I have heard your lines for so very long
Don't try to describe the scenery if you've never seen it
Don't ever forget that you just may wind up in my song...

Obarr had been here before, on Charters but also when he and Kerri cruised on their boat some 10 years ago, they spent some time here in Cane Garden Bay.  When they did, they got to know the owners of "Myetts" which is a wonderful beach front restaurant, bar, hotel, gift shop, etc.  We walked up to Myetts to see if they were there.  Unfortunately they were not there today.  

We still decided to sit at a beach side table, enjoy some wonderful pain killers and Conch Fritters and Cracked Conch.  The view from this place was just amazing, you could see right out over the beach to the boats anchored right out front.  It was always pretty cool to see our Texas Flag waiving out there on our boat as well.  
After our Conch and Pain Killers, we took a walk through town.  We walked down to the Callwood Distillery but it was closed for a local holiday so we found out what time they opened in the morning so we could come back for a tour.  We found a place where we could drop trash here in town for free as well.  We didn't need to do so on this trip, but we planned on coming back to Cane Garden Bay on Friday when there was a full moon for the "Full Moon Party" at the BombaShack so we planned a trash drop for that day.  

We stopped at a market and picked up a couple of items we wanted.  On the way back to the boat, we stopped at Rhymers Beach Hotel and Store to pick up some ice.  They were one of the cheapest places we found ice on this trip and picked up a 20 lb bag for about $6.50.  When we got back to the boat, we swam for a while in the anchorage and again continued to be completely intrigued with the clarity of the water.  Here is a photo of our anchor chain in 25 feet of water and you can clearly see it go all the way to the bottom and head off in the distance.   We also got a chance to take some photos through our Floor Hatch in the boat.  We figure it is a safety issue if something were to go horribly bad and you happened to have the boat upside down, it allowed a place where you could still get out of the boat.  With that said, it was still very odd to see a hatch in the floor.   Someone captured a cool picture of Oday under the boat, with T taking a picture of him from inside the boat.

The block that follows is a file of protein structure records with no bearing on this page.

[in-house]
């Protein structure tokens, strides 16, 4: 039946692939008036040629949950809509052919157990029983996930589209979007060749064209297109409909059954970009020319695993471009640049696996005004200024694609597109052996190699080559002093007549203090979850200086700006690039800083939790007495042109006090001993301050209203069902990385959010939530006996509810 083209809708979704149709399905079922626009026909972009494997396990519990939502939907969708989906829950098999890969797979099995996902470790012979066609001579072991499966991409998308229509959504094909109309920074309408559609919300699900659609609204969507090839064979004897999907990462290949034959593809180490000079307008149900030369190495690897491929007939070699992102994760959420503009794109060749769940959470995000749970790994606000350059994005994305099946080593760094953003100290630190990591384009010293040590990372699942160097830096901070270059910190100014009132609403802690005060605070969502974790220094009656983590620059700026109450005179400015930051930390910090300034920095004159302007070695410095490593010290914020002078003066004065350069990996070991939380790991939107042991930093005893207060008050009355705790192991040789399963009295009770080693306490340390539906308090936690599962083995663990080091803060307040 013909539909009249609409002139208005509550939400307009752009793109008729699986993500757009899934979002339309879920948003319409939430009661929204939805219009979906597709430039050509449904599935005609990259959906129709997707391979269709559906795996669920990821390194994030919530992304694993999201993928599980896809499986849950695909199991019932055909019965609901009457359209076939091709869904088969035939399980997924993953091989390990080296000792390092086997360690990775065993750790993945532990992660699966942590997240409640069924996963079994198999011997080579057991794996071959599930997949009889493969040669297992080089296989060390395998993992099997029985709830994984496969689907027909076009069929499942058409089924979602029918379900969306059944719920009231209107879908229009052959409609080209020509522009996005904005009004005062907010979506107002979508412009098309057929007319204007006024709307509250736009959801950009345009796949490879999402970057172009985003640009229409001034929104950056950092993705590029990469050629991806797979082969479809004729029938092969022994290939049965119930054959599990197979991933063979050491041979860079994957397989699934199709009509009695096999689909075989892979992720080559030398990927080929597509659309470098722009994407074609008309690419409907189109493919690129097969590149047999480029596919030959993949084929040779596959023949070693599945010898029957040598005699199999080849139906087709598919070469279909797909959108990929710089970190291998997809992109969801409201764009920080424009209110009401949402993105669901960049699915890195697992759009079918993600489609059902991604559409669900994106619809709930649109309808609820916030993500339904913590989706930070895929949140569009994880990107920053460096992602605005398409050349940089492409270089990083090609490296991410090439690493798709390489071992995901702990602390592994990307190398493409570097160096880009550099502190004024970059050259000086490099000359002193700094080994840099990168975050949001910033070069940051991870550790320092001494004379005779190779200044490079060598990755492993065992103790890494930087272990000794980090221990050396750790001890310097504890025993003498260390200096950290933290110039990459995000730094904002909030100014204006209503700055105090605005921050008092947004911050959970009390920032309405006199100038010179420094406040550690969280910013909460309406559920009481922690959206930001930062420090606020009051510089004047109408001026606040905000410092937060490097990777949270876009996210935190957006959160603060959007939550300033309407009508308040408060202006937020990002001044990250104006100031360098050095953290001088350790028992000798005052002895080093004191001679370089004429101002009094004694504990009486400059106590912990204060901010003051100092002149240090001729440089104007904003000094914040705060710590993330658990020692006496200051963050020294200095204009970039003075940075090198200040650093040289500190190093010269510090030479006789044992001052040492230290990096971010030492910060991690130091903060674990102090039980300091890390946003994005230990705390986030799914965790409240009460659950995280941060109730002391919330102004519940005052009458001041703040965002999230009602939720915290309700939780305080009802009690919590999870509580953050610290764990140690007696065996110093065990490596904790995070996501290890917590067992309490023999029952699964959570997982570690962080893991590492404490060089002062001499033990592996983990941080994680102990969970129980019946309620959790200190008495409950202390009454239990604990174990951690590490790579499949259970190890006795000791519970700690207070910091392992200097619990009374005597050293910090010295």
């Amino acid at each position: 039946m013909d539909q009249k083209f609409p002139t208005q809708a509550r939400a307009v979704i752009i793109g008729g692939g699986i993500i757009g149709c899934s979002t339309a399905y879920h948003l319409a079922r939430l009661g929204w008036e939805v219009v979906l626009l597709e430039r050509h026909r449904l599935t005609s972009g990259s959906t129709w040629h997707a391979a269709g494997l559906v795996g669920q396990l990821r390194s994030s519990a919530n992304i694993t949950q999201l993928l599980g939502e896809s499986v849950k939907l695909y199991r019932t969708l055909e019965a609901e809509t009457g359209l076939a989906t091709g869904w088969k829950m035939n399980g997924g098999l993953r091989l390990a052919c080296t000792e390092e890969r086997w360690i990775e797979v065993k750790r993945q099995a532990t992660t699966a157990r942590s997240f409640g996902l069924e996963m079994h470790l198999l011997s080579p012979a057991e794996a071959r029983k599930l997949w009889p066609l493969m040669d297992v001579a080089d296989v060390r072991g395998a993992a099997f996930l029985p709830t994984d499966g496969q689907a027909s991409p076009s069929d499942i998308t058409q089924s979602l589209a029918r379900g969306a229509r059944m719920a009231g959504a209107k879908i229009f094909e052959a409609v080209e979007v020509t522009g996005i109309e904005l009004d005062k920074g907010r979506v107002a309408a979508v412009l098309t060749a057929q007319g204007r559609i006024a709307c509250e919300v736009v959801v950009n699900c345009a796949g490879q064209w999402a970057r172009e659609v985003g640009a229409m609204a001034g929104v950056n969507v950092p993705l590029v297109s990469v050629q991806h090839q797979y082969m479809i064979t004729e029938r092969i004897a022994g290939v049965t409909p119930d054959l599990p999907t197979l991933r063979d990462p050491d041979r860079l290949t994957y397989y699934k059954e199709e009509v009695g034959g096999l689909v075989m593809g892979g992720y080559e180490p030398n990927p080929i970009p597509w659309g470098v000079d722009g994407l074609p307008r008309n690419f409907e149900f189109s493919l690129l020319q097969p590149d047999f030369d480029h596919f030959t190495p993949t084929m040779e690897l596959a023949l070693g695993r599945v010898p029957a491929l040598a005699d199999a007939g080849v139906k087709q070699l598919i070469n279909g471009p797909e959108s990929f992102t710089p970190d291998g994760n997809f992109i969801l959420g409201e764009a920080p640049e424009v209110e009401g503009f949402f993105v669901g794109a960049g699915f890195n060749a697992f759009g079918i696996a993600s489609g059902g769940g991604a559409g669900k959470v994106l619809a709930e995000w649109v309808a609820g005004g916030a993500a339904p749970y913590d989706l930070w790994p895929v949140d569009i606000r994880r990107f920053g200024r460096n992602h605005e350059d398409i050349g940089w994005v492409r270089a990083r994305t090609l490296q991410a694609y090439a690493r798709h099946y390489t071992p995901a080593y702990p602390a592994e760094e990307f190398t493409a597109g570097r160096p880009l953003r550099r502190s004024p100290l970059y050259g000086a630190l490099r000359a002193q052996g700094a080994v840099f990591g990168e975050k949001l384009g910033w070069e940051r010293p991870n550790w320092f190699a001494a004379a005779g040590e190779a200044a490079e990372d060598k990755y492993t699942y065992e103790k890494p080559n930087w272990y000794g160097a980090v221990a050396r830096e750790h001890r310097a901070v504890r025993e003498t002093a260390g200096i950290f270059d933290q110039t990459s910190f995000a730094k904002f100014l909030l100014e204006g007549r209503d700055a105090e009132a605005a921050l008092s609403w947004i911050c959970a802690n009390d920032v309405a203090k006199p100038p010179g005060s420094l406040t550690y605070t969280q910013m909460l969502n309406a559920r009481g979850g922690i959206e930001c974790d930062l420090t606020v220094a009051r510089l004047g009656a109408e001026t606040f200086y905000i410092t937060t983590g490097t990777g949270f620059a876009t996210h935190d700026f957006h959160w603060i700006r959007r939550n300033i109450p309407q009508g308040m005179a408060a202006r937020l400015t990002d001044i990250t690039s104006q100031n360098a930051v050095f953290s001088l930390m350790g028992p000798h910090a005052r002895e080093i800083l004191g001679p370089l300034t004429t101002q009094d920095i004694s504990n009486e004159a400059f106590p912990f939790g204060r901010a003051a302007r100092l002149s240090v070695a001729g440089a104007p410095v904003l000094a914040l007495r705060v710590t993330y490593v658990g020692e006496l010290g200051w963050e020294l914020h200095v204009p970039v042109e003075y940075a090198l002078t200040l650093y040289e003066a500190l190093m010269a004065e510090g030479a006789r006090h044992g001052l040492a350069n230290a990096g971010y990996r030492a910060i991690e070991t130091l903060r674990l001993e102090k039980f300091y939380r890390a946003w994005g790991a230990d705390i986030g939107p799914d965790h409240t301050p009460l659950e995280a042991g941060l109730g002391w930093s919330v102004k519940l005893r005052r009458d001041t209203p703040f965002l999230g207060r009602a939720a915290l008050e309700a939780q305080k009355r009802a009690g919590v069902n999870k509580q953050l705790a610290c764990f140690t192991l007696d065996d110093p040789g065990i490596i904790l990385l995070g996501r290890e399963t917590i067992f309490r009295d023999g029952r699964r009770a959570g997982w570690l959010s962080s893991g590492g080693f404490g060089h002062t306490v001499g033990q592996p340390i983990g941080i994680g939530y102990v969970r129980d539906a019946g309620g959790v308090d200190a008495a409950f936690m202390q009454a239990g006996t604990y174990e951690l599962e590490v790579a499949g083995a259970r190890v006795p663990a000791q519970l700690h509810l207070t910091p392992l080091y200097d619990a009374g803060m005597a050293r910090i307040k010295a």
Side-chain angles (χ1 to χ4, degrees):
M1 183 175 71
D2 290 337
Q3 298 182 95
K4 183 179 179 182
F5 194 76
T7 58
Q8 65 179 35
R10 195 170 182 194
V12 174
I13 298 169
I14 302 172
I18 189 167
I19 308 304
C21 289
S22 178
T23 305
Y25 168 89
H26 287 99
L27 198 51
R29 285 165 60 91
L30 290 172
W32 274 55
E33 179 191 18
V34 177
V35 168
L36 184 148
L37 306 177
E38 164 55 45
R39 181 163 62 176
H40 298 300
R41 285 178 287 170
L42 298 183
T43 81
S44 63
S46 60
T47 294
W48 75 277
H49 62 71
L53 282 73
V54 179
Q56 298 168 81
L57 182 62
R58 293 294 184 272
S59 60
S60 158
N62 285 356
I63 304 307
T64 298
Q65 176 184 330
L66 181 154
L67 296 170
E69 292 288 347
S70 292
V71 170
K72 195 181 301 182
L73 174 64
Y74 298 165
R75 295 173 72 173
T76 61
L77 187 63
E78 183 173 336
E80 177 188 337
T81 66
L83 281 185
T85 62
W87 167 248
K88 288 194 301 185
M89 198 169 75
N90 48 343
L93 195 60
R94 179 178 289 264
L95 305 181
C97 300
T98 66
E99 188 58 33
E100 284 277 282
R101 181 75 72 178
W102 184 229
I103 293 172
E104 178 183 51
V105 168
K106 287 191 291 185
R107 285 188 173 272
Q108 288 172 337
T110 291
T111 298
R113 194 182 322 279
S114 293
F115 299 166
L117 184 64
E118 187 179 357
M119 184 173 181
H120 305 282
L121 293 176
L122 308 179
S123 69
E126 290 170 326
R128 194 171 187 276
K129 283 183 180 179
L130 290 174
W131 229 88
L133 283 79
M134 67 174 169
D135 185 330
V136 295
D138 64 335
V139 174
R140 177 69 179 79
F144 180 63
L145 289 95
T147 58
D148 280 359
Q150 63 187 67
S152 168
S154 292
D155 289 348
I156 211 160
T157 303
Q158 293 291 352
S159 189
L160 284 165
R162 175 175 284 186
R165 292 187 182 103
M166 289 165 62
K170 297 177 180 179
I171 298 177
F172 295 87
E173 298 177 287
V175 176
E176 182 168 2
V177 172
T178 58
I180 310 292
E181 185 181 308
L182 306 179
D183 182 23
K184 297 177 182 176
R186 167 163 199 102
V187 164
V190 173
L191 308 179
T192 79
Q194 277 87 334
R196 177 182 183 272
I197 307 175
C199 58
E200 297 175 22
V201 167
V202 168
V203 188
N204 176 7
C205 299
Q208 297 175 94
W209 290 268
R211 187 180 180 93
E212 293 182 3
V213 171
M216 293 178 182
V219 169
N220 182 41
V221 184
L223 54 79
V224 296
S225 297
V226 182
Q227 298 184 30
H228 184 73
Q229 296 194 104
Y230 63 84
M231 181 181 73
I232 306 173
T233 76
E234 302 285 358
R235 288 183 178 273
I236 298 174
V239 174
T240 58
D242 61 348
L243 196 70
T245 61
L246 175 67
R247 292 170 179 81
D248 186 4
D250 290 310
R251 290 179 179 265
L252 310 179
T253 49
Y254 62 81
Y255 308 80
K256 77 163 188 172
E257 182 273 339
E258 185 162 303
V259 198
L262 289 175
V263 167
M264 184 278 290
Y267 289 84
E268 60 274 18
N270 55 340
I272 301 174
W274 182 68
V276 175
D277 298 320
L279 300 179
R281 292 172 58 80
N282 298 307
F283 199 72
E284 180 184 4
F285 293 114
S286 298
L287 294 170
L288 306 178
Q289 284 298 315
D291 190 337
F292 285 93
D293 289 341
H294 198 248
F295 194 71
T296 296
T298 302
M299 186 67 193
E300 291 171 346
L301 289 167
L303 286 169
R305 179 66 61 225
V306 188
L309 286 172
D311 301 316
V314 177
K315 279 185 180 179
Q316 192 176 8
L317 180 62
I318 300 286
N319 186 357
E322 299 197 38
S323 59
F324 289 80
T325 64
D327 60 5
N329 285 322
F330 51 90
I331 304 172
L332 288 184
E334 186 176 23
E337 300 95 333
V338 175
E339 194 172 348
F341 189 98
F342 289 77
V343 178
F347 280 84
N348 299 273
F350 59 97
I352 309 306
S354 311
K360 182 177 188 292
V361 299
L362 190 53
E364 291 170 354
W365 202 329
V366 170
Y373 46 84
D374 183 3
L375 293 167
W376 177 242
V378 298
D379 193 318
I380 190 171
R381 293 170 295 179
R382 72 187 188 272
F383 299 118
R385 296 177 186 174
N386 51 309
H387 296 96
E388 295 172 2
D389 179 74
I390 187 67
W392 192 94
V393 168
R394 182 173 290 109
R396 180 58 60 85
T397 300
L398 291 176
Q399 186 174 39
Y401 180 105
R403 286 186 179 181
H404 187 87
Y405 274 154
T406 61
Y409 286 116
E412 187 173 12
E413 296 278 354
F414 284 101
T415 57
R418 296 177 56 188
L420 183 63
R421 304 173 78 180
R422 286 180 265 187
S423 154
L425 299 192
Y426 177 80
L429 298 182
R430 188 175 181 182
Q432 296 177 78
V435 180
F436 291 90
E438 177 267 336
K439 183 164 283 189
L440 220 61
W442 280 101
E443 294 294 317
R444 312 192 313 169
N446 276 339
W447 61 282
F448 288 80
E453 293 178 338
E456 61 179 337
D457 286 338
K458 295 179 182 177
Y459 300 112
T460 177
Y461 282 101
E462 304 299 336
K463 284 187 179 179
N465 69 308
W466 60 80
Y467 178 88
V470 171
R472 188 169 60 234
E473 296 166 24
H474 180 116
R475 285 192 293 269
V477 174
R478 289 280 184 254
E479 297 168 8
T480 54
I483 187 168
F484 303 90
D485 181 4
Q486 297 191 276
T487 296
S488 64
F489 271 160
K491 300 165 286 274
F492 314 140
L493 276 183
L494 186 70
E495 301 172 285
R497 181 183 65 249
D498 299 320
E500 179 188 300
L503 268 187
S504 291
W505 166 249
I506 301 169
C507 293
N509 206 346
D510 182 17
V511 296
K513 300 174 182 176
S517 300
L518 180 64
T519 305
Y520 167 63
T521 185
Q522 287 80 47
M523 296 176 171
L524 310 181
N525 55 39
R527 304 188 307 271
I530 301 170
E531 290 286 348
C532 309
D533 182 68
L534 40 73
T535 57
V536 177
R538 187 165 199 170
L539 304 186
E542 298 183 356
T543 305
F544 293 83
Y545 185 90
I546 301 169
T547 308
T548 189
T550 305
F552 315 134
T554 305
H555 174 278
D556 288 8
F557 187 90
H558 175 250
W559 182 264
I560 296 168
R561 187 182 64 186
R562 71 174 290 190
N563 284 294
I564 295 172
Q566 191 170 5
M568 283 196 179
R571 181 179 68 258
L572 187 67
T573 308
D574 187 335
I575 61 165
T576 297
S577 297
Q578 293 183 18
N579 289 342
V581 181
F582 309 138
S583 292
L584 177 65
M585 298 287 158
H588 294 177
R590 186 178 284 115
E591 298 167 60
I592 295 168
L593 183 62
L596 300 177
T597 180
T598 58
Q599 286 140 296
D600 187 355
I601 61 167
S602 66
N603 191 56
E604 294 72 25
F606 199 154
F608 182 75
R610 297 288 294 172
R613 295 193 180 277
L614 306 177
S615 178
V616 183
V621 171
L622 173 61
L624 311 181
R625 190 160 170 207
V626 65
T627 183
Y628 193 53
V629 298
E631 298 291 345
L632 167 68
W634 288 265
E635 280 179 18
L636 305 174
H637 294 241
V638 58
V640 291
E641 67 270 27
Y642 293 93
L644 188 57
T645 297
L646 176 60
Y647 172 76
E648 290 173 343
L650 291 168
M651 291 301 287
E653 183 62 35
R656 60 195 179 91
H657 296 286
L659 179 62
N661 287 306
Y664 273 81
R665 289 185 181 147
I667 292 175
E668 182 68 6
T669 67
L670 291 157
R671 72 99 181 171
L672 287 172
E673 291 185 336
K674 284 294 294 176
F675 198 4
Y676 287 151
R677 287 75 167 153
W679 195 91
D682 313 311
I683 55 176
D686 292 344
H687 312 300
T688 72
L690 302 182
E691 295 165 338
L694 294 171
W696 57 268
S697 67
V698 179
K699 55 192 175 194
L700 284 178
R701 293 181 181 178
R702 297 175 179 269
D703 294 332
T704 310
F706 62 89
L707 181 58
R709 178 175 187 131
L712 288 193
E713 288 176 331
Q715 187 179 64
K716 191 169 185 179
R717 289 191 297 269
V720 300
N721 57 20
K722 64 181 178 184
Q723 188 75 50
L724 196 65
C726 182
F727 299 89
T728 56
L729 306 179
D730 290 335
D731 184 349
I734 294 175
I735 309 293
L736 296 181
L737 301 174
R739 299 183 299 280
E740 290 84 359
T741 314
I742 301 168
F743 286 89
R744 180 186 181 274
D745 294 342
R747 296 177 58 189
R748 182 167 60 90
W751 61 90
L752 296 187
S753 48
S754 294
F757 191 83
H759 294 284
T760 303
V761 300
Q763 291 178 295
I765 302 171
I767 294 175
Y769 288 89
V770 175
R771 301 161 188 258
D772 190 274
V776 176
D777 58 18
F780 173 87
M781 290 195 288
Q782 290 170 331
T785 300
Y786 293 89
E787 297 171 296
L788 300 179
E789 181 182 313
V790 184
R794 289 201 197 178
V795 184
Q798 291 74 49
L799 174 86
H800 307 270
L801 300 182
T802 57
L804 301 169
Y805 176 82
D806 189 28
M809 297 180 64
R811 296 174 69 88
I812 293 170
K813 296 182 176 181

We put our plans together for the next day.  We were going to get up in the morning, have breakfast and then head over to the Callwood Distillery for a tour of an old school distillery still doing things much the same way they did 400 years ago when they started brewing rum there.  

More in the next chapter of the blog !!  Here is a link for Callwood's Facebook Page, I would encourage you to Check it out. 

Below is a bit of a video capture of the days activities.  If you are reading this in any other way than online, you may not see the video below.  If not, click on this link to play the video.